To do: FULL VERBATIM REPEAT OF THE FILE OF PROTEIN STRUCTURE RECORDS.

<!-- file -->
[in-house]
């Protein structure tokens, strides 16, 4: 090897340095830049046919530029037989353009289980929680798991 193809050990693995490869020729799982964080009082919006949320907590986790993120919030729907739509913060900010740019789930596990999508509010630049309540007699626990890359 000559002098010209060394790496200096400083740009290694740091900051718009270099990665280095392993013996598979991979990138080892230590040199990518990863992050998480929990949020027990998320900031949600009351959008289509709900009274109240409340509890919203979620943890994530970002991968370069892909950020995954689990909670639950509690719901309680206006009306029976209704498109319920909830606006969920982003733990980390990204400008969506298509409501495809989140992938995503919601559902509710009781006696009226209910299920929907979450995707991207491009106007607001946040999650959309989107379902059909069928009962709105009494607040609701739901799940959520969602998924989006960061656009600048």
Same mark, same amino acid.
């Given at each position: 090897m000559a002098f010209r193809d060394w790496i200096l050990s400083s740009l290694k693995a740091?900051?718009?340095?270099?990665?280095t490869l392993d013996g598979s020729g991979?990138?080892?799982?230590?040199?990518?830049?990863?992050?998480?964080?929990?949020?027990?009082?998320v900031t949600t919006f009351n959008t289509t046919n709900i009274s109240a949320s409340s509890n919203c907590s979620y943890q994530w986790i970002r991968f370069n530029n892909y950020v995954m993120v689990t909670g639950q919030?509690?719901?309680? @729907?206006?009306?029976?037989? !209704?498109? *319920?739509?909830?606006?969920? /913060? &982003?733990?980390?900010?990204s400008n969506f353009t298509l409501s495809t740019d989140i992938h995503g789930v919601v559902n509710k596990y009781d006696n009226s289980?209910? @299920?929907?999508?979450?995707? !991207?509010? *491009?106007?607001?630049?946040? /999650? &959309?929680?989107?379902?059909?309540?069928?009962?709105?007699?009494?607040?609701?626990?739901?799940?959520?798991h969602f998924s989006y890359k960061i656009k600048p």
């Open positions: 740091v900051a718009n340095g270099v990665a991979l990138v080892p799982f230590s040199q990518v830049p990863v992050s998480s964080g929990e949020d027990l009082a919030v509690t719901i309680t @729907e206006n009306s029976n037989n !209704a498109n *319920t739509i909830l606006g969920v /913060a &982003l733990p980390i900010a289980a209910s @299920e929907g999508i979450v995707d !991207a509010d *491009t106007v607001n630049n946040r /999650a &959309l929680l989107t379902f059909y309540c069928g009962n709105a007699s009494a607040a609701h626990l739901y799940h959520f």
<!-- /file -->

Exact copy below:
[in-house]
């Protein structure tokens, strides 16, 4: 090897340095830049046919530029037989353009289980929680798991 193809050990693995490869020729799982964080009082919006949320907590986790993120919030729907739509913060900010740019789930596990999508509010630049309540007699626990890359 000559002098010209060394790496200096400083740009290694740091900051718009270099990665280095392993013996598979991979990138080892230590040199990518990863992050998480929990949020027990998320900031949600009351959008289509709900009274109240409340509890919203979620943890994530970002991968370069892909950020995954689990909670639950509690719901309680206006009306029976209704498109319920909830606006969920982003733990980390990204400008969506298509409501495809989140992938995503919601559902509710009781006696009226209910299920929907979450995707991207491009106007607001946040999650959309989107379902059909069928009962709105009494607040609701739901799940959520969602998924989006960061656009600048």
Same mark, same amino acid.
């Given at each position: 090897m000559a002098f010209r193809d060394w790496i200096l050990s400083s740009l290694k693995a740091?900051?718009?340095?270099?990665?280095t490869l392993d013996g598979s020729g991979?990138?080892?799982?230590?040199?990518?830049?990863?992050?998480?964080?929990?949020?027990?009082?998320v900031t949600t919006f009351n959008t289509t046919n709900i009274s109240a949320s409340s509890n919203c907590s979620y943890q994530w986790i970002r991968f370069n530029n892909y950020v995954m993120v689990t909670g639950q919030?509690?719901?309680? @729907?206006?009306?029976?037989? !209704?498109? *319920?739509?909830?606006?969920? /913060? &982003?733990?980390?900010?990204s400008n969506f353009t298509l409501s495809t740019d989140i992938h995503g789930v919601v559902n509710k596990y009781d006696n009226s289980?209910? @299920?929907?999508?979450?995707? !991207?509010? *491009?106007?607001?630049?946040? /999650? &959309?929680?989107?379902?059909?309540?069928?009962?709105?007699?009494?607040?609701?626990?739901?799940?959520?798991h969602f998924s989006y890359k960061i656009k600048p």
């Open positions: 740091v900051a718009n340095g270099v990665a991979l990138v080892p799982f230590s040199q990518v830049p990863v992050s998480s964080g929990e949020d027990l009082a919030v509690t719901i309680t @729907e206006n009306s029976n037989n !209704a498109n *319920t739509i909830l606006g969920v /913060a &982003l733990p980390i900010a289980a209910s @299920e929907g999508i979450v995707d !991207a509010d *491009t106007v607001n630049n946040r /999650a &959309l929680l989107t379902f059909y309540c069928g009962n709105a007699s009494a607040a609701h626990l739901y799940h959520f």